”cooler” or ”more cool” ?

What about ‘super’?

9 Answers

  • Depends on context. Normally, the comparative form of an adjective is " -er." If it’s awkward to do so, or if the adjective has several syllables, you add "more" in front- "He is more adamant than I am about politics." (Not " … is adamanter.") Thus the simple answer to your question is "cooler." Other one-syllable adjectives have similar comparatives: hotter, older, shorter, meaner.

    I can’t explain why "silly" becomes "sillier" but "upright" becomes "more upright." English isn’t easy to learn.

    If you are using less-than-standard speech, if you’re speaking as a sub-standard teen, then you might say, "Those goth clothes are super-cool."

    In general, colloquial (hence sub- standard) English has adopted "super" as a superlative- to designate something extraordinarily modified. "Super-cool parents let you drink." "Super-nice teacher lets you turn in hoomework late." (Most parents wouldn’t let you drink; most teachers won’t accept late work.) This use of "super" is only acceptable in sub-standard usage, never in correct English. … Take care!

  • Cool And Cooler

  • It depends hw you want to use the word.

    All three can be used. More cool and cooler are interchangeable, and they are comparative cooler or more cool than ( somebody else )

    Super cool is a descriptor, for somethinmg or somebody, but not a comparison

    Hope this helps

  • Cooler.

  • Cooler

    More super.

    Rule of thumb: When the adjective is one syllable, you add -er. When it’s two syllables, it can go either way, depending which sounds better. When it’s longer, you put "more" in front of it.

  • The water is cool.

    The water is cooler.

    This water is the coolest.

  • English is a very rhythmic language, and that’s why it fits so well Blues/Rock/Metal music and not so well Opera.

    Sometimes some words aren’t necessary but are introduced just for the rithmic part, for instance "have you got" instead of "have you" etc.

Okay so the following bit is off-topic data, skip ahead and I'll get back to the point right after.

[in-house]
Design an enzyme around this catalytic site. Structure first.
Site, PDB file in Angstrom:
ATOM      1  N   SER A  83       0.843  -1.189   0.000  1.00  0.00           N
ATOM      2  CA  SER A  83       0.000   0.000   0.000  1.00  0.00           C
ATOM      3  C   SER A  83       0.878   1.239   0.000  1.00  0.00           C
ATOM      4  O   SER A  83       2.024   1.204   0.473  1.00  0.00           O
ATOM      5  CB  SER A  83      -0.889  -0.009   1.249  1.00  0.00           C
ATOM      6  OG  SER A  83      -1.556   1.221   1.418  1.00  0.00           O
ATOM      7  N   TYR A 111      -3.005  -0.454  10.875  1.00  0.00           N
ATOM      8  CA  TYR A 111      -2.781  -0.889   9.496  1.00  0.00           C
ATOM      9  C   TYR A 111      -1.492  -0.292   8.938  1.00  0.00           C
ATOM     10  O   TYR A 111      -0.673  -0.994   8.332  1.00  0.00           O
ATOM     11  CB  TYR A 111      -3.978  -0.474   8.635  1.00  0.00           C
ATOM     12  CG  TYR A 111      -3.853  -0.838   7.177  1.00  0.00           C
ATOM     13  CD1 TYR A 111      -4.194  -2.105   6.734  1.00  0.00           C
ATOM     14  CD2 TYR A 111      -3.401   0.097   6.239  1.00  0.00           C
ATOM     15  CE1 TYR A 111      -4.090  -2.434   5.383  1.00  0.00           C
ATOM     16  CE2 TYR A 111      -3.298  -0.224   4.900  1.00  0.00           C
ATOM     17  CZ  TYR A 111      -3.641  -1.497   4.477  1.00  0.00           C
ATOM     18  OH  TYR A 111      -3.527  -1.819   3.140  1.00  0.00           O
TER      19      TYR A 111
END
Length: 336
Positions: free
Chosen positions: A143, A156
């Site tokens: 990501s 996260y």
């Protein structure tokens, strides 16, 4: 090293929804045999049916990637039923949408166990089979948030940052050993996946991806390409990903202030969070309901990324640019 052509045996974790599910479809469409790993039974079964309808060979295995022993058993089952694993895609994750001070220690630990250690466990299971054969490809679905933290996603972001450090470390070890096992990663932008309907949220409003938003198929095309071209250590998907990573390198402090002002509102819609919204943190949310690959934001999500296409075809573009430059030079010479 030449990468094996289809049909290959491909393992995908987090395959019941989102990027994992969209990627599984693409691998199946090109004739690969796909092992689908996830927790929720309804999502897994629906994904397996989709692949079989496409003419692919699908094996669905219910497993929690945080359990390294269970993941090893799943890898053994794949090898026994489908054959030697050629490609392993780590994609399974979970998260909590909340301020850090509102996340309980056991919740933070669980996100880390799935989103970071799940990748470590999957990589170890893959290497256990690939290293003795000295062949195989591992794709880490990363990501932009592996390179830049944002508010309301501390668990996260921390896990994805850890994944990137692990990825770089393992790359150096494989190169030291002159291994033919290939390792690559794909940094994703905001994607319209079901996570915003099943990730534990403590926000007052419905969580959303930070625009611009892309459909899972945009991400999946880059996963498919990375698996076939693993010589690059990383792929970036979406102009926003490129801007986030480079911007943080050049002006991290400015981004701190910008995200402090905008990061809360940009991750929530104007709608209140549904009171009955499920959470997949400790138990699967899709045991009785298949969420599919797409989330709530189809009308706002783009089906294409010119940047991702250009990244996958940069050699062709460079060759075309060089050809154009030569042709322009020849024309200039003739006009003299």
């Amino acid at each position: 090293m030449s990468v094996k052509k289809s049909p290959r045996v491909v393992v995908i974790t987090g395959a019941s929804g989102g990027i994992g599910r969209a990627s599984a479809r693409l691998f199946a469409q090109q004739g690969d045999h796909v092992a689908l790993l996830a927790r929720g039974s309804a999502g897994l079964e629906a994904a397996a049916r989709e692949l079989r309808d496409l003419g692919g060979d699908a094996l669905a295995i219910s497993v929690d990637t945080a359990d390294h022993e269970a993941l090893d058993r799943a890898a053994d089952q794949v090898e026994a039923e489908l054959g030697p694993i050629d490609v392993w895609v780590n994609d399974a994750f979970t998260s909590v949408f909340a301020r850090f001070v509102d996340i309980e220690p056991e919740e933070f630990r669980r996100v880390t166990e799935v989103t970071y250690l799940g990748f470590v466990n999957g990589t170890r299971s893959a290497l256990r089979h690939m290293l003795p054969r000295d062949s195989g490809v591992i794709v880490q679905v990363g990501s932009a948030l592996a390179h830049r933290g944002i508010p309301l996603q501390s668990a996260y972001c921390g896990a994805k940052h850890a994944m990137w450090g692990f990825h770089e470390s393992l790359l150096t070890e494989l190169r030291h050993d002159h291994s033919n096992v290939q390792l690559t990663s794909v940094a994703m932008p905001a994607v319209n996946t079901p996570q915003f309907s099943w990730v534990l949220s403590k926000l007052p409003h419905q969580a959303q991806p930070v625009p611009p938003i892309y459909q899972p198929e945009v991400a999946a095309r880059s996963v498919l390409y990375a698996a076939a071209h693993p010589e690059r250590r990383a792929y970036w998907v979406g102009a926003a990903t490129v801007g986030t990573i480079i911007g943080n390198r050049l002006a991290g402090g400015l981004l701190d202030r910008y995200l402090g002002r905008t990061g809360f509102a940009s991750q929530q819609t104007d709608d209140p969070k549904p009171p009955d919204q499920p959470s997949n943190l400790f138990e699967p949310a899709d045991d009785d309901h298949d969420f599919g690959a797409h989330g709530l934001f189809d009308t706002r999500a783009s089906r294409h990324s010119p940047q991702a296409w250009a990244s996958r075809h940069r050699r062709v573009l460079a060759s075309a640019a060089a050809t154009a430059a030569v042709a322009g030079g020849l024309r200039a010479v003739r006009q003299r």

People do speak as they like, and I have spotted mother tongue ministers making mistakes and also I caught UK Royals saying "Much" when they should have said "Many".

    For instance we can’t say lots of people because people can be counted and so we should say Many people, Many dogs, many seeds, much heat, much water etc. Languages do evolve and errors become accepted as proper language, but the "Lots of people’ one isn’t just yet.

    Anyway, when the adjective is short and its accent is just one beat, we shouldn’t say "more" but we add the "er" to the end of it.

    Example of a one beat accent: cool, hot, short, tall, green, red, nice.

    People do speak as they like but it isn’t correct to say more hot, more tall, more green etc. When it is one beat one should add the er at the end. So we have hotter, greener, taller, wilder, sicker,

    Some examples, I will separate the beats with ">"

    Example of a two beat accent : hand>some, sca>red

    Example of a three beats accent: beau>ti>ful, a>ma>zing, co>lo>red

    Example of a four beats accent: in>cre>di>ble

    Of course there are exceptions, for instance the adjective “cle>ver” is indeed two beats but we say cleverer, maybe because its rhythm almost dictates that it stays a two beats word even with the er grafted to the end .

    Source(s): I learned English as a foreign language, having dissected each and every piece of it.
  • Even more awesomer!

  • any of these 🙂

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